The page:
The Light - Morpheus Road Book 1

The Light - Morpheus Road Book 1

I love reading young adult fiction while on vacation.  Last Christmas I tore through The Hunger Games in less then 36 hours, and it was absolutely fantastic.  I didn't know much about The Light, but I have listened to the first three books in MacHale's Pendragon series, and they are good enough that I was willing to give this new series a chance.

The Light is, ultimately, a ghost story.  In fact, the book starts with a hip "I believe in ghosts now" intro.  From there, it follows Marsh, the main character and narrator, as he attempts to solve the various mysteries surrounding his haunting and his best friend's disappearance.

While The Light was the fun, light reading I was looking for in a vacation book, it was also extremely disappointing.  In spite of having an entirely different storyline and cast of characters, The Light felt exactly the same as the Pendragon books.  In fact, in terms of the main character, there wasn't anything to distinguish Marsh from Bobby Pendragon.

MacHale certainly isn't a bad writer, but I'm starting to get the impression that his versatility is severely limited.  If you aren't absolutely in love with novels narrated by smart, sarcastic, angsty 15 year olds, who are just trying to figure out this crazy world, then I wouldn't bother with The Light, or anything else written by MacHale.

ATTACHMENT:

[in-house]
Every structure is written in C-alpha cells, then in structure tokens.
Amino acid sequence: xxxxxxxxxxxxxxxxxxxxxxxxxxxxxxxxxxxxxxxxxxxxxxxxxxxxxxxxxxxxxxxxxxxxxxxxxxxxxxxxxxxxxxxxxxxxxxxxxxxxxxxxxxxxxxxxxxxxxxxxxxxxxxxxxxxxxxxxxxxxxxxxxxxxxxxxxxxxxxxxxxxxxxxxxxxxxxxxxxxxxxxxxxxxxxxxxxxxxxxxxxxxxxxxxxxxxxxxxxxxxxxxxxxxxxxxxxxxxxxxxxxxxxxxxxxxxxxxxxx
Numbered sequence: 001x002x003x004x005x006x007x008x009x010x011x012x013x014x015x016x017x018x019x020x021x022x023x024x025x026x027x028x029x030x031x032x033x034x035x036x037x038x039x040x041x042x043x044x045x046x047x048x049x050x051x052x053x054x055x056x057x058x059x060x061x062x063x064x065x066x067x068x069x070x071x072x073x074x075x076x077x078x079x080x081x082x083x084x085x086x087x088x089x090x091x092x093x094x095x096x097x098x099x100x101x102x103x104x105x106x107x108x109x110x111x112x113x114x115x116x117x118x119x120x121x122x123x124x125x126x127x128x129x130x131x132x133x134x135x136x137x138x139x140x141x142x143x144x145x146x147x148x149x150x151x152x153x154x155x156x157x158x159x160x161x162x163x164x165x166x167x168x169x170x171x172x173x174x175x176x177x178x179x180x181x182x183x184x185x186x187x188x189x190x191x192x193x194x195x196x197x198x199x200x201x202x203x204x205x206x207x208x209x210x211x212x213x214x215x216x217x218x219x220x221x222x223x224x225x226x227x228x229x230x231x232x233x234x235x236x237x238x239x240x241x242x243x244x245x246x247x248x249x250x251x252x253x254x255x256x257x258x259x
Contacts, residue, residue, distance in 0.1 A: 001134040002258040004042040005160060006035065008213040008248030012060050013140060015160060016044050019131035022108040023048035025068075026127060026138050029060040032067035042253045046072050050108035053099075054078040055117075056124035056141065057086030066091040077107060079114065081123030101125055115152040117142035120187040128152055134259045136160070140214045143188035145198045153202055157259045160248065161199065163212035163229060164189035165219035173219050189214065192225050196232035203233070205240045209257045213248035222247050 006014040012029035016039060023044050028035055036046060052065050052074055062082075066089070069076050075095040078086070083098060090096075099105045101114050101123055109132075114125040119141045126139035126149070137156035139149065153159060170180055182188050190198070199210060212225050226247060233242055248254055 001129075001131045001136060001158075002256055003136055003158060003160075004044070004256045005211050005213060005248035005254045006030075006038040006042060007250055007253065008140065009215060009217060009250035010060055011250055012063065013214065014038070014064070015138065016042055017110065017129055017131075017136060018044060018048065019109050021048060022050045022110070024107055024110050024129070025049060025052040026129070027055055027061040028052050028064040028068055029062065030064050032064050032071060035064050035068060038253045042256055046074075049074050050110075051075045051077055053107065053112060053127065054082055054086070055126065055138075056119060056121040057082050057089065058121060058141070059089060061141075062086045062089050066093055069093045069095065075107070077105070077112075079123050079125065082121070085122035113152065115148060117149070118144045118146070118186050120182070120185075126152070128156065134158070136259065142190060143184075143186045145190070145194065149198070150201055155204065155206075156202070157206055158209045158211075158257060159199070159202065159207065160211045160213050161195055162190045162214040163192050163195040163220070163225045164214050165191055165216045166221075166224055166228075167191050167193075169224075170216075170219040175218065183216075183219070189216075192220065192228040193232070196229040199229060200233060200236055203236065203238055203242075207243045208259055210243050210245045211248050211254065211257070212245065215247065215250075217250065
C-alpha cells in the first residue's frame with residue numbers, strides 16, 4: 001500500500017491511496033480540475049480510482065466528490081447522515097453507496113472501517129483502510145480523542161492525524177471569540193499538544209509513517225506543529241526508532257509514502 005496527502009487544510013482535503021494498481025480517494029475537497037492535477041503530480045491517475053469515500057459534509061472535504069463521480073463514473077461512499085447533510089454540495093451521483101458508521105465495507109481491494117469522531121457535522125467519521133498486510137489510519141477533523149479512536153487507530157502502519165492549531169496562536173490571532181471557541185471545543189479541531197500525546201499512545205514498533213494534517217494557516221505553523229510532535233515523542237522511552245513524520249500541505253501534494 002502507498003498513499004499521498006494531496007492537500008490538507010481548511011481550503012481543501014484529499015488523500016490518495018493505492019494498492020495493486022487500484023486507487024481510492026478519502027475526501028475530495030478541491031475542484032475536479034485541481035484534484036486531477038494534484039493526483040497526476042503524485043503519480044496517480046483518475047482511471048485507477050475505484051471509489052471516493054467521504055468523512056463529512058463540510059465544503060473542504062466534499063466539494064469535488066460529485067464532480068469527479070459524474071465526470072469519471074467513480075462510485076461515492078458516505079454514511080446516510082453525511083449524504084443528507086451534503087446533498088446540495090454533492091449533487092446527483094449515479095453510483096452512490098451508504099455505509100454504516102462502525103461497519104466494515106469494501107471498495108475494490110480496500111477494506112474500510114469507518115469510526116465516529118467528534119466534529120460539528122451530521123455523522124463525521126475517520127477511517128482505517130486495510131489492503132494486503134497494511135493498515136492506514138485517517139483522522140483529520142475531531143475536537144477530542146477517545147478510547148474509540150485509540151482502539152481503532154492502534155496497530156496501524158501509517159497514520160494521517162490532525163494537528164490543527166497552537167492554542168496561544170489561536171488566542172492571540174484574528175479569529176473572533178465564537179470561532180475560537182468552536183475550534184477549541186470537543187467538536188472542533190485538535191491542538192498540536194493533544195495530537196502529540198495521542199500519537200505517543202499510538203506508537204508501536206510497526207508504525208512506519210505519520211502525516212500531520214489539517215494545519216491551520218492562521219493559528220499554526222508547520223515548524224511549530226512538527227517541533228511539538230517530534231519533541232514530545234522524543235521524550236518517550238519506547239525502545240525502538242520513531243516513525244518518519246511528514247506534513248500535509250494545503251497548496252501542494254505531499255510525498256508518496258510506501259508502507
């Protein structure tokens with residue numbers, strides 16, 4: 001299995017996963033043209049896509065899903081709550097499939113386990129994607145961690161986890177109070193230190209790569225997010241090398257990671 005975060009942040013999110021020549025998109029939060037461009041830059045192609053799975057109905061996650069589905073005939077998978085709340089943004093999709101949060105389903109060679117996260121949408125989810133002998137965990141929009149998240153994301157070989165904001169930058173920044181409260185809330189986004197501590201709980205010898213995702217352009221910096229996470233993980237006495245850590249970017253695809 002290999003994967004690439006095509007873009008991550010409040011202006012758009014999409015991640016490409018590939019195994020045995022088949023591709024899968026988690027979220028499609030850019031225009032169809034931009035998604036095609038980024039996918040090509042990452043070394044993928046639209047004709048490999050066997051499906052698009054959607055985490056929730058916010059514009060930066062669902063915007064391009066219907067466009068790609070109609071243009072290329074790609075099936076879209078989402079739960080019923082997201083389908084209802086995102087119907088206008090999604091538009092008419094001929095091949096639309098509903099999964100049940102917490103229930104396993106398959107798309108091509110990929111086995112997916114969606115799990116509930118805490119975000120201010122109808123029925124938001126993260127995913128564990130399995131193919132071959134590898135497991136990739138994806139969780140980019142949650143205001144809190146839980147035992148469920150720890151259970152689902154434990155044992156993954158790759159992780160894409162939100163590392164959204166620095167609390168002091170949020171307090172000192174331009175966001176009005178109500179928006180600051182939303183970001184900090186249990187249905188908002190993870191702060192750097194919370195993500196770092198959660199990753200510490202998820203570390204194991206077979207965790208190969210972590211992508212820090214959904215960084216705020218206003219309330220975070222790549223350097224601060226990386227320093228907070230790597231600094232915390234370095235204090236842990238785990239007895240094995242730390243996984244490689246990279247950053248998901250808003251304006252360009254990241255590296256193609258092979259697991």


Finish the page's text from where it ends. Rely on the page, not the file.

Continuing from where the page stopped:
It's unfortunate, too, because he has some great plot ideas.  I may even continue listening to the books in this series, just to find out what happens next, but I definitely won't be reading them next time.  Is that hypocritical, to continue reading a series that I won't recommend?  Perhaps, but I am a sucker for a cliffhanger.

Comments

Kim (Sophisticated Dorkiness)
Kim (Sophisticated Dorkiness) on 06/02/2010 4:36 p.m.

Too bad this one didn't work for you. I like YA as a break too -- I also tore through both books in The Hunger Games series. I think your critique of this book is one of the reasons I get skeptical of YA, it can sometimes be repetitive and hard to distinguish characters from one another. Although I'm sure the same charge can be leveled at adult fiction, so it might be a silly bias.

Scott
Scott on 06/03/2010 6:25 a.m.

I think it is more prevalent in YA fiction. I'm about to make an unfair generalization, but I think YA authors sometimes get lazy because they don't think their audience will be as discerning about the quality of the actual writing.

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